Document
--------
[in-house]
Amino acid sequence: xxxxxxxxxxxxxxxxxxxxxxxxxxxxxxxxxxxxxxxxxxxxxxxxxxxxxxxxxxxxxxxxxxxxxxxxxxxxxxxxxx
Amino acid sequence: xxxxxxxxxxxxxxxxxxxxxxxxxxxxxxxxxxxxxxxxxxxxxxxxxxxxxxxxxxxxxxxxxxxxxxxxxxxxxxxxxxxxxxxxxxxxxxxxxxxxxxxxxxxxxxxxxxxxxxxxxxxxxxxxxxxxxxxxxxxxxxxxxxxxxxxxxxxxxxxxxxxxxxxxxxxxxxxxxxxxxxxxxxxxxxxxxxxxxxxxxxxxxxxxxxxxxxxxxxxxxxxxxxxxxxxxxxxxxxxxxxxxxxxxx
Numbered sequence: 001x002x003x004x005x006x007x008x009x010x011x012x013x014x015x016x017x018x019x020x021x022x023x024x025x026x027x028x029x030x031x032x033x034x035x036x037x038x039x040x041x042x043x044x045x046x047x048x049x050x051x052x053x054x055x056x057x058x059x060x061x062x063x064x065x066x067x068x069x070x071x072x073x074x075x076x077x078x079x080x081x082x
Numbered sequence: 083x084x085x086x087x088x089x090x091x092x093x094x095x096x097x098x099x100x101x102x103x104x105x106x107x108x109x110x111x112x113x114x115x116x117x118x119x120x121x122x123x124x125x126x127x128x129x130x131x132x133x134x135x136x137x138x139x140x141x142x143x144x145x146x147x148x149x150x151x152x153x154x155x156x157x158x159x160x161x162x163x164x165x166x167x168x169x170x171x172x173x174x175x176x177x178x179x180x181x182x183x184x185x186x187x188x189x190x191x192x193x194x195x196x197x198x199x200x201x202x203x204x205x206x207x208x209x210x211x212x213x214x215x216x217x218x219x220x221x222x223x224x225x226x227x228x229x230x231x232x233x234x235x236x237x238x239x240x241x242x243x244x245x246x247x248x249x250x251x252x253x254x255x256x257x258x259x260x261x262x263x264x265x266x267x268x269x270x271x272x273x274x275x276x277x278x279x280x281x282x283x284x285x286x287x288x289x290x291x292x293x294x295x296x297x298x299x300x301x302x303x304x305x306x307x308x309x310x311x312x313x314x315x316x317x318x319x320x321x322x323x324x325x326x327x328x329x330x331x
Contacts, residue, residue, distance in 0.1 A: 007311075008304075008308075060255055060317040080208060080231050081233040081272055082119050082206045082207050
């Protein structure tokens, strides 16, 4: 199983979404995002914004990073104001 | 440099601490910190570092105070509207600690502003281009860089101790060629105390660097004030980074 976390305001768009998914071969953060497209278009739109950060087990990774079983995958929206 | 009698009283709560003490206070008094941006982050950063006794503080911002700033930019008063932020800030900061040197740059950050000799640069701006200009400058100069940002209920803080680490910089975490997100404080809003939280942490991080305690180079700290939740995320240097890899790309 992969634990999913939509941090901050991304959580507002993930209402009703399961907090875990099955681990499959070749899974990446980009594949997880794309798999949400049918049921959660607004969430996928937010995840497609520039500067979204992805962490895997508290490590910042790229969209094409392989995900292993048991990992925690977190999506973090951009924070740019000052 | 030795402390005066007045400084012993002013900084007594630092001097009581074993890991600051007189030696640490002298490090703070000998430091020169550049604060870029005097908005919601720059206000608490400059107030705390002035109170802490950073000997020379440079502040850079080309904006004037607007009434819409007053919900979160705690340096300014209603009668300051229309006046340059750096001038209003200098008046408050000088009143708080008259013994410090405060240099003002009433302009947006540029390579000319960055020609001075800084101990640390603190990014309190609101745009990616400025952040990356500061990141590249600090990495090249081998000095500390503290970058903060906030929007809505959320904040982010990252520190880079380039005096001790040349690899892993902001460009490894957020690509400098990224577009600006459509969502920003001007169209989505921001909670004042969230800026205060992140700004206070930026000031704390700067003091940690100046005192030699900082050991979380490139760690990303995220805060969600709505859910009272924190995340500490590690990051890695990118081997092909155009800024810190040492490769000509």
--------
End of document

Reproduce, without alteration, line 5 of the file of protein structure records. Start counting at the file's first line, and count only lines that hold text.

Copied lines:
Numbered sequence: 083x084x085x086x087x088x089x090x091x092x093x094x095x096x097x098x099x100x101x102x103x104x105x106x107x108x109x110x111x112x113x114x115x116x117x118x119x120x121x122x123x124x125x126x127x128x129x130x131x132x133x134x135x136x137x138x139x140x141x142x143x144x145x146x147x148x149x150x151x152x153x154x155x156x157x158x159x160x161x162x163x164x165x166x167x168x169x170x171x172x173x174x175x176x177x178x179x180x181x182x183x184x185x186x187x188x189x190x191x192x193x194x195x196x197x198x199x200x201x202x203x204x205x206x207x208x209x210x211x212x213x214x215x216x217x218x219x220x221x222x223x224x225x226x227x228x229x230x231x232x233x234x235x236x237x238x239x240x241x242x243x244x245x246x247x248x249x250x251x252x253x254x255x256x257x258x259x260x261x262x263x264x265x266x267x268x269x270x271x272x273x274x275x276x277x278x279x280x281x282x283x284x285x286x287x288x289x290x291x292x293x294x295x296x297x298x299x300x301x302x303x304x305x306x307x308x309x310x311x312x313x314x315x316x317x318x319x320x321x322x323x324x325x326x327x328x329x330x331x